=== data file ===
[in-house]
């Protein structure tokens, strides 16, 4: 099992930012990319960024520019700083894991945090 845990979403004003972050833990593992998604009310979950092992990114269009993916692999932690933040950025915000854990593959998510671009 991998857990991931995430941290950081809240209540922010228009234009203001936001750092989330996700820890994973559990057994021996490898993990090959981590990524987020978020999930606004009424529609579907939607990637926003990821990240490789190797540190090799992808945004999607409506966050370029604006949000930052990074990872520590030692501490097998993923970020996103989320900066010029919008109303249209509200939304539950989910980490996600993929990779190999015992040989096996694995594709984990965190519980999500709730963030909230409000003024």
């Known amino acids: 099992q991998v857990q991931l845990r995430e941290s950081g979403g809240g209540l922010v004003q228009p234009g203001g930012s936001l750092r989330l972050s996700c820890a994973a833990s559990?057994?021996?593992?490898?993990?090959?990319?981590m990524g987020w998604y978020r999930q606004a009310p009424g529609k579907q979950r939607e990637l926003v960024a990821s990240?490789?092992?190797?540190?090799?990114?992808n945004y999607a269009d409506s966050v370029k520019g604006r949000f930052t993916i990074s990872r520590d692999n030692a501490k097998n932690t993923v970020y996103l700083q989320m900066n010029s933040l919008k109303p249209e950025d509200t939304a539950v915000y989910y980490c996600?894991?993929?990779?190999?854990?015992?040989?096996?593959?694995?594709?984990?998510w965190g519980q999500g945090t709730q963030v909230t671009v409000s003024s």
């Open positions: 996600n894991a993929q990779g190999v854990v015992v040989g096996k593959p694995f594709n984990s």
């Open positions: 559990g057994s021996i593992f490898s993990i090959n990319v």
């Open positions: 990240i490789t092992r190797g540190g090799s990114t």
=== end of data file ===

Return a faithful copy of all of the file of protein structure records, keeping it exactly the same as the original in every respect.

[in-house]
């Protein structure tokens, strides 16, 4: 099992930012990319960024520019700083894991945090 845990979403004003972050833990593992998604009310979950092992990114269009993916692999932690933040950025915000854990593959998510671009 991998857990991931995430941290950081809240209540922010228009234009203001936001750092989330996700820890994973559990057994021996490898993990090959981590990524987020978020999930606004009424529609579907939607990637926003990821990240490789190797540190090799992808945004999607409506966050370029604006949000930052990074990872520590030692501490097998993923970020996103989320900066010029919008109303249209509200939304539950989910980490996600993929990779190999015992040989096996694995594709984990965190519980999500709730963030909230409000003024």
């Known amino acids: 099992q991998v857990q991931l845990r995430e941290s950081g979403g809240g209540l922010v004003q228009p234009g203001g930012s936001l750092r989330l972050s996700c820890a994973a833990s559990?057994?021996?593992?490898?993990?090959?990319?981590m990524g987020w998604y978020r999930q606004a009310p009424g529609k579907q979950r939607e990637l926003v960024a990821s990240?490789?092992?190797?540190?090799?990114?992808n945004y999607a269009d409506s966050v370029k520019g604006r949000f930052t993916i990074s990872r520590d692999n030692a501490k097998n932690t993923v970020y996103l700083q989320m900066n010029s933040l919008k109303p249209e950025d509200t939304a539950v915000y989910y980490c996600?894991?993929?990779?190999?854990?015992?040989?096996?593959?694995?594709?984990?998510w965190g519980q999500g945090t709730q963030v909230t671009v409000s003024s």
């Open positions: 996600n894991a993929q990779g190999v854990v015992v040989g096996k593959p694995f594709n984990s």
């Open positions: 559990g057994s021996i593992f490898s993990i090959n990319v």
């Open positions: 990240i490789t092992r190797g540190g090799s990114t």